Good News Clubs Return to Connecticut Schools
Wolcott, CT – The Wolcott School District has now reversed its discriminatory practice of denying equal access to Child Evangelism Fellowship (CEF) Good News Clubs in its elementary schools. Following intervention by Liberty Counsel, CEF of Connecticut will now be permitted to use the District facilities on the same basis as other similarly situated secular groups.
In the past, CEF has held Good News Club meetings at Wolcott elementary schools and has been charged only the minimal charges applicable to local nonprofit or “Group I” organizations, such as the Boy Scouts and similar groups. When CEF applied for facilities use for the 2006-2007 school year, District officials insisted that CEF must be charged as a “non-Wolcott” “Group II” organization. Under the District’s Schedule of Facilities Charges, Group I users are identified as Wolcott community organizations conducting routine nonprofit business and activities, listing organizations including the Boy and Girl Scouts. Group II users are “all other organizations and non-Wolcott organizations” and include, for example, “religious groups,” “dance studios” and “for-profit organizations.”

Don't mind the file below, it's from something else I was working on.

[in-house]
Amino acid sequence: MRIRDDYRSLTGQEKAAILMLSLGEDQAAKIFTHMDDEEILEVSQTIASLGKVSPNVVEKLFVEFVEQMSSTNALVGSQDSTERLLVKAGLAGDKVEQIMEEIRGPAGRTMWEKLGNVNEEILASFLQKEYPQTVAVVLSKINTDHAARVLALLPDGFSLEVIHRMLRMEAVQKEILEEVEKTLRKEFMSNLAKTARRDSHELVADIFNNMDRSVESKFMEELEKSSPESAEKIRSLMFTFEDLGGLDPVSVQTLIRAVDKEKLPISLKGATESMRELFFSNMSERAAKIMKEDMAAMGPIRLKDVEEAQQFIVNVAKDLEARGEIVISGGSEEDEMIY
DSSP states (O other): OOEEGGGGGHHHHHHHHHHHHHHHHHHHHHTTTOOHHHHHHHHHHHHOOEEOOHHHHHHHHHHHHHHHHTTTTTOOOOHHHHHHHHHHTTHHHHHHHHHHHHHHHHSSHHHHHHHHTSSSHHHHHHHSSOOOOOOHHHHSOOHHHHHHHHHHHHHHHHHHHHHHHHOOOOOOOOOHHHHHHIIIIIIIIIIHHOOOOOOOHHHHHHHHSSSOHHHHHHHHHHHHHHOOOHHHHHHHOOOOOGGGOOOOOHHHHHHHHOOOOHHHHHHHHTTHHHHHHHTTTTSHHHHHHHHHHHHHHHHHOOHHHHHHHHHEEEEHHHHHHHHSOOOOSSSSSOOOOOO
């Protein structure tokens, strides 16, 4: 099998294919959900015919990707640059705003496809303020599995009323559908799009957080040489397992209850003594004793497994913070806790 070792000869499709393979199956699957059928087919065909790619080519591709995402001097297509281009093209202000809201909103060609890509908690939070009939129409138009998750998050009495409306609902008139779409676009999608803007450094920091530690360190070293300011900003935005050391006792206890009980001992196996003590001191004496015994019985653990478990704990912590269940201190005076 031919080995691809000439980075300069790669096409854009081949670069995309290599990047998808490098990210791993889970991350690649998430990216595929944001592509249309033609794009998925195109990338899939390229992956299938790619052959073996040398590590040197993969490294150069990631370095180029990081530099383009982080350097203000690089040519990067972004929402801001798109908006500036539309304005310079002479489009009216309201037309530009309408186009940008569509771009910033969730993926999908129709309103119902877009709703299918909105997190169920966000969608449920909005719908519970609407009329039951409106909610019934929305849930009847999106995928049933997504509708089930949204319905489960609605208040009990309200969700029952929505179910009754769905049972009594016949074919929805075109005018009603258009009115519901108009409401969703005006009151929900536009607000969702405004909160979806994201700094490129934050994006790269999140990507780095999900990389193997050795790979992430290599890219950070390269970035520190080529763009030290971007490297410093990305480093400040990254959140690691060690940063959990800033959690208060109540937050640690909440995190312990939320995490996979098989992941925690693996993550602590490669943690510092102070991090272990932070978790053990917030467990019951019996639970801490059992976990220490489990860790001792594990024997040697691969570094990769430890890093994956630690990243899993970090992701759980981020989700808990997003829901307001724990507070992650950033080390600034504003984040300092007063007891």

In December, 2006, Liberty Counsel sent a demand letter stating in part: “CEF of Connecticut is entitled to use school facilities at Wolcott schools on the same terms and conditions as are Boy Scouts and other community nonprofit groups under Group I. Based upon the legal authorities discussed in this letter, we request that the Board respond, in writing, to CEF’s request for facilities use for the upcoming school year and confirm that CEF will be entitled to use facilities as a Group I user…. Since the District’s decision is clearly unconstitutional, every day that CEF is denied access represents a continuing violation of CEF’s First Amendment rights.”
Senior Litigation Counsel Mary McAlister also spoke with the school district’s attorney after he had received a copy of the letter. CEF staff members attended a Board of Education meeting and presented their request to board members. The Board tabled CEF’s appeal. After the meeting, the superintendent asked to meet with CEF staff members. At the subsequent meeting, the superintendent agreed that CEF was a local organization entitled to access as a Group I user.
The First Amendment protects religious viewpoints from discriminatory censorship. Treating religious viewpoints almost equal to secular viewpoints is still unconstitutional. The message of the First Amendment is clear. Equal access requires equal treatment. Good News Clubs are exploding across America and that is good news for our children.